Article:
The vast majority of revenue that Paceline generates comes from the interchange and annual fees its card imposes on both consumers and merchants.

Interchange fees are paid by the merchants and are normally in the range of 1.5 percent to 3 percent, on top of fixed fees of $0.10.

Paceline does not get to pocket all of that revenue, though. A considerable portion goes to Visa and Evolve Bank & Trust, the latter being the issuer of the credit card.

Additionally, Paceline also charges a $60 annual fee, which is paid by the user. Cashback rewards are then being used as a quasi lock-in to keep users in the ecosystem.

Lastly, Paceline also applies late payment fees for those that fail to cover their monthly credit card bill. However, it is unclear whether Paceline actually gets to book some of that revenue as well.


Paceline offers a variety of different cashback rewards for making purchases at qualified merchants such as Whole Foods.

Now, the company isn’t just handing out rewards out of the kind of its heart. Instead, it gets compensated by those very same companies it promotes.

For example, when you order a credit card and spend $50 at Lululemon, then another $50 will be added to your purchase.

What Lululemon and those other advertising partners receive in return is access to health-conscious consumers that, more or less, fit their own target customer.

This means that they can deploy marketing dollars much more efficiently and are likelier to attract repeat customers.

Additionally, advertisers can build direct client relationships, too. In the Lululemon example, the rewards are only handed out if a customer makes an actual purchase for which they likely have to use their email.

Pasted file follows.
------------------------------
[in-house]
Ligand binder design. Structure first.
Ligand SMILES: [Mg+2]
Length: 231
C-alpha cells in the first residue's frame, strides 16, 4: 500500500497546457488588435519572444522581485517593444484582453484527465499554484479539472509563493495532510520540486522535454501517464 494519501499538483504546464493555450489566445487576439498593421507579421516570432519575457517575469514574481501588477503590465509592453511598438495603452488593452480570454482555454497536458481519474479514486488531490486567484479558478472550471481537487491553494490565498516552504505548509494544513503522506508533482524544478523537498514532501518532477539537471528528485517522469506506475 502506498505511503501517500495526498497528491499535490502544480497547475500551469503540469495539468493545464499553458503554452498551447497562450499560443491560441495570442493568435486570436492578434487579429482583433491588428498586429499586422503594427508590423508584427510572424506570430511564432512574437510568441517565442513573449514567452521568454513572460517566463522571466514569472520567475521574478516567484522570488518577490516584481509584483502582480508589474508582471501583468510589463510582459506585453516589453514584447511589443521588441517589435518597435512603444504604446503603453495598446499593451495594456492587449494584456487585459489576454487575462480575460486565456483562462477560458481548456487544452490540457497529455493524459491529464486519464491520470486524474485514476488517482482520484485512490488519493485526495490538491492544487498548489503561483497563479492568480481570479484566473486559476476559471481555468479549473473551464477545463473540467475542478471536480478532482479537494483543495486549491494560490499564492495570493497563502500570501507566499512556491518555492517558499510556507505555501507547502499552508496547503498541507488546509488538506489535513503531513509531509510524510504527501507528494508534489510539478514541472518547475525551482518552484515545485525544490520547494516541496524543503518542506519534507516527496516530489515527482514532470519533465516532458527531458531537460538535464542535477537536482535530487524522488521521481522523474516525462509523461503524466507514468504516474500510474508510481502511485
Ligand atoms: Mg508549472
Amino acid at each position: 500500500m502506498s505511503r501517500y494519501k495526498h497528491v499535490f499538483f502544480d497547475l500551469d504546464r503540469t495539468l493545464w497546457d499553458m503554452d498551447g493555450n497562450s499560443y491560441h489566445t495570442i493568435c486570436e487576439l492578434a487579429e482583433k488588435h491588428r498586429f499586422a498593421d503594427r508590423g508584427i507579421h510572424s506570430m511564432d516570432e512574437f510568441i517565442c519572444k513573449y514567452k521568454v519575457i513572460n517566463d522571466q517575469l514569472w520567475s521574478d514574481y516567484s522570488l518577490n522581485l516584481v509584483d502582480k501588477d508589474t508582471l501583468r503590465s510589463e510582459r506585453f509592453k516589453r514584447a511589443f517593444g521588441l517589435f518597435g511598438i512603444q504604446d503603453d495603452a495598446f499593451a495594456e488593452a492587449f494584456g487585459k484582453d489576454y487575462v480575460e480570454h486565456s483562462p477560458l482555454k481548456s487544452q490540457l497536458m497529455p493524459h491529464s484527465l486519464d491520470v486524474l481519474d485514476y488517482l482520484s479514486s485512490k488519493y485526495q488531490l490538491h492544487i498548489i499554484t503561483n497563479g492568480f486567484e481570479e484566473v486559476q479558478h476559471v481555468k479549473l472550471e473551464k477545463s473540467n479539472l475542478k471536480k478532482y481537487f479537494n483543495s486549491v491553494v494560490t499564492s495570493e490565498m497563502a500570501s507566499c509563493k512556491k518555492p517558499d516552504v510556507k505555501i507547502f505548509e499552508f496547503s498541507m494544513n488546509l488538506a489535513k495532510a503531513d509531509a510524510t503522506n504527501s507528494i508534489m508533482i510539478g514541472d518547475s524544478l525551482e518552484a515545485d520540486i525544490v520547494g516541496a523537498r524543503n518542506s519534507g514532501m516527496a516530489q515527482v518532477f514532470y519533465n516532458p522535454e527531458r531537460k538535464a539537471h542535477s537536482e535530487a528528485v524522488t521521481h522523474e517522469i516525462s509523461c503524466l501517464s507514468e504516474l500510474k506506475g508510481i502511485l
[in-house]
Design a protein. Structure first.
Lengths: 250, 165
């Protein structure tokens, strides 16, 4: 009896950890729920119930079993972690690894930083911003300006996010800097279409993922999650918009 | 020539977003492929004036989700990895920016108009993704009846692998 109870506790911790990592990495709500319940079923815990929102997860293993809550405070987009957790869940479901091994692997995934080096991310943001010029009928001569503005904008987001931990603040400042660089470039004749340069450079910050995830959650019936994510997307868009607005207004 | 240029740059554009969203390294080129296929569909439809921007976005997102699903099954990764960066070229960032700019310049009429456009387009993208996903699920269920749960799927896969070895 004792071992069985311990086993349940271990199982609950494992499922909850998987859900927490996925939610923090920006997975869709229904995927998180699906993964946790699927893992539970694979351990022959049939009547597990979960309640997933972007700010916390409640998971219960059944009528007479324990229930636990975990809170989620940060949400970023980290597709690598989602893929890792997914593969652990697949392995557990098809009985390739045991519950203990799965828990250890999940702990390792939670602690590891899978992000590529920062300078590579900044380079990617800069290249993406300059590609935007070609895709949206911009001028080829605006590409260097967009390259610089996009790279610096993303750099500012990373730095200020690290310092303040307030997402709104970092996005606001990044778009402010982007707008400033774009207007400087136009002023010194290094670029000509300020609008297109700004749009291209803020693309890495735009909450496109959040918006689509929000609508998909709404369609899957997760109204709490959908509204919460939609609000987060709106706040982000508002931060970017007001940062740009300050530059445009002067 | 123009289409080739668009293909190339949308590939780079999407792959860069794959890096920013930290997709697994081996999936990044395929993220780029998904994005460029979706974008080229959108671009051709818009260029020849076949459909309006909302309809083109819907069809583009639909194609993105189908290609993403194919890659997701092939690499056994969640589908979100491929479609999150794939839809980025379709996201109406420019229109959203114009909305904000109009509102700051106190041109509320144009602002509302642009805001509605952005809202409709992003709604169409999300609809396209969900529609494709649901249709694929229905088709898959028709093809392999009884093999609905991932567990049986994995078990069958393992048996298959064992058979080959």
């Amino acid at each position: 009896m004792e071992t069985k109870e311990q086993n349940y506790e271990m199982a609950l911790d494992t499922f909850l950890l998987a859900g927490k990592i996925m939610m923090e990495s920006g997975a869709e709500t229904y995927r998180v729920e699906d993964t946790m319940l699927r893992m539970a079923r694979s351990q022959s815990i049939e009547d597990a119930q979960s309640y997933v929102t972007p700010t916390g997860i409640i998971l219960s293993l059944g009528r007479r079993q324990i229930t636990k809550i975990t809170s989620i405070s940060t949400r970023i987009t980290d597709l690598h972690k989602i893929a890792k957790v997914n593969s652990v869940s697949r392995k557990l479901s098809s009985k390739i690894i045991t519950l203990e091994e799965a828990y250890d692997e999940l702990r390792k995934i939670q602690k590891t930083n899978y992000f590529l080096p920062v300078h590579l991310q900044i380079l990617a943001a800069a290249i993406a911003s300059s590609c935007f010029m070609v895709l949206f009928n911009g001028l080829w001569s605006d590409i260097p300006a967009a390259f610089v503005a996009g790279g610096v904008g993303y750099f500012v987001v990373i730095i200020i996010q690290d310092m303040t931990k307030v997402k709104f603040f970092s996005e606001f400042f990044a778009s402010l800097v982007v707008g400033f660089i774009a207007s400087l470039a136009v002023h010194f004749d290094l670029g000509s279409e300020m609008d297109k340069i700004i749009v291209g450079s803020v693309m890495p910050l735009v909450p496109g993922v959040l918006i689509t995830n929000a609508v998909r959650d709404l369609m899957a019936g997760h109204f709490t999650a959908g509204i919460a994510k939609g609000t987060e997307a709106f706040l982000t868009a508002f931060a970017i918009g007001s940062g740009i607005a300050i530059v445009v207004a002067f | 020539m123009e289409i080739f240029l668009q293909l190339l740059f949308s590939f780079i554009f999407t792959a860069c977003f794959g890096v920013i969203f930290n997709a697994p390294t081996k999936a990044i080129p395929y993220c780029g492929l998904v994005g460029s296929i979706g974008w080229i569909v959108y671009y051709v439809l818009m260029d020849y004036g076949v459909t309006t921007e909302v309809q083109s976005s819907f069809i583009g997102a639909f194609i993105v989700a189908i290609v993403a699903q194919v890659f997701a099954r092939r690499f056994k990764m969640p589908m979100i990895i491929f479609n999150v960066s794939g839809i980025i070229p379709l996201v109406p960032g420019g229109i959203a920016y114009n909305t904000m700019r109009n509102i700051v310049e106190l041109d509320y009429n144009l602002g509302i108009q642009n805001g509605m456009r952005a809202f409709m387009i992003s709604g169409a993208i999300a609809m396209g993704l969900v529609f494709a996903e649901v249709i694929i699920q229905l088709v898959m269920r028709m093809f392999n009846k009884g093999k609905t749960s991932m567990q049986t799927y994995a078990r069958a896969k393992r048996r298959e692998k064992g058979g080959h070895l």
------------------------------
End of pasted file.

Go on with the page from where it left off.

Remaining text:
Consequently, Lululemon (or any other advertiser) can then reactive that customer by sending out promotional campaigns via email, which is substantially more cost-efficient.

Interestingly, Paceline isn’t the only one taking advantage of advertising in the fitness world. Sweatcoin, an app rewarding users for steps taken, partners with many of the same brands that Paceline works together with.  

Paceline Funding, Revenue & Valuation

Paceline, according to Crunchbase, has raised a total of $34.5 million across two rounds of venture capital funding.

Notable investors include Acrew Capital, Montage Ventures, Propel VC, Northwestern Mutual, and many others.

Neither Paceline’s valuation nor its revenue run rate is currently being disclosed by the company, which remains private and is thus not obligated to share those metrics.

Hi folks, Viktor checking in! Years of experience in various tech-related roles have led me to start this blog, which I hope provides you with as much enjoyment to read as I have writing the content.